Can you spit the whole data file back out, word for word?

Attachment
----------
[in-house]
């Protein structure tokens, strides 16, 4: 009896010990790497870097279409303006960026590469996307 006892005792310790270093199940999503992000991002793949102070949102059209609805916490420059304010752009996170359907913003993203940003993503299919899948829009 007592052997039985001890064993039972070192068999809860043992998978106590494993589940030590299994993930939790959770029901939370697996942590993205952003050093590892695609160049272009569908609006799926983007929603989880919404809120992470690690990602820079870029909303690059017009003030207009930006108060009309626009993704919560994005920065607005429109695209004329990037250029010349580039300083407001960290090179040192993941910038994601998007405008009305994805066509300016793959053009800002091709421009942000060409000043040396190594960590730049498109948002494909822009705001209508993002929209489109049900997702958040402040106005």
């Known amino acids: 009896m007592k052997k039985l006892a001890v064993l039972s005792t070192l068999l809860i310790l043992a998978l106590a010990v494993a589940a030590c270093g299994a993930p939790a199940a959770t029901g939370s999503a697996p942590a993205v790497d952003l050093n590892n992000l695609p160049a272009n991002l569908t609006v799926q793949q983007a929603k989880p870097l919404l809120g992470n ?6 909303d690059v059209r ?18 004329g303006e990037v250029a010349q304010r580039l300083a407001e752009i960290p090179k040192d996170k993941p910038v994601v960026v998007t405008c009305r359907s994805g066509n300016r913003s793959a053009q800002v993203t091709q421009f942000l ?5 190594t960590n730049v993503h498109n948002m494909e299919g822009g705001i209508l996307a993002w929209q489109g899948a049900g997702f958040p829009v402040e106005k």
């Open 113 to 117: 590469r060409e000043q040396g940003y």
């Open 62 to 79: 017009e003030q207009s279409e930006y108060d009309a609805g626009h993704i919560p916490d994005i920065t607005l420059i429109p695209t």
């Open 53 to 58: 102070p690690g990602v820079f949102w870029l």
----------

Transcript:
[in-house]
């Protein structure tokens, strides 16, 4: 009896010990790497870097279409303006960026590469996307 006892005792310790270093199940999503992000991002793949102070949102059209609805916490420059304010752009996170359907913003993203940003993503299919899948829009 007592052997039985001890064993039972070192068999809860043992998978106590494993589940030590299994993930939790959770029901939370697996942590993205952003050093590892695609160049272009569908609006799926983007929603989880919404809120992470690690990602820079870029909303690059017009003030207009930006108060009309626009993704919560994005920065607005429109695209004329990037250029010349580039300083407001960290090179040192993941910038994601998007405008009305994805066509300016793959053009800002091709421009942000060409000043040396190594960590730049498109948002494909822009705001209508993002929209489109049900997702958040402040106005």
């Known amino acids: 009896m007592k052997k039985l006892a001890v064993l039972s005792t070192l068999l809860i310790l043992a998978l106590a010990v494993a589940a030590c270093g299994a993930p939790a199940a959770t029901g939370s999503a697996p942590a993205v790497d952003l050093n590892n992000l695609p160049a272009n991002l569908t609006v799926q793949q983007a929603k989880p870097l919404l809120g992470n ?6 909303d690059v059209r ?18 004329g303006e990037v250029a010349q304010r580039l300083a407001e752009i960290p090179k040192d996170k993941p910038v994601v960026v998007t405008c009305r359907s994805g066509n300016r913003s793959a053009q800002v993203t091709q421009f942000l ?5 190594t960590n730049v993503h498109n948002m494909e299919g822009g705001i209508l996307a993002w929209q489109g899948a049900g997702f958040p829009v402040e106005k």
């Open 113 to 117: 590469r060409e000043q040396g940003y």
């Open 62 to 79: 017009e003030q207009s279409e930006y108060d009309a609805g626009h993704i919560p916490d994005i920065t607005l420059i429109p695209t």
């Open 53 to 58: 102070p690690g990602v820079f949102w870029l």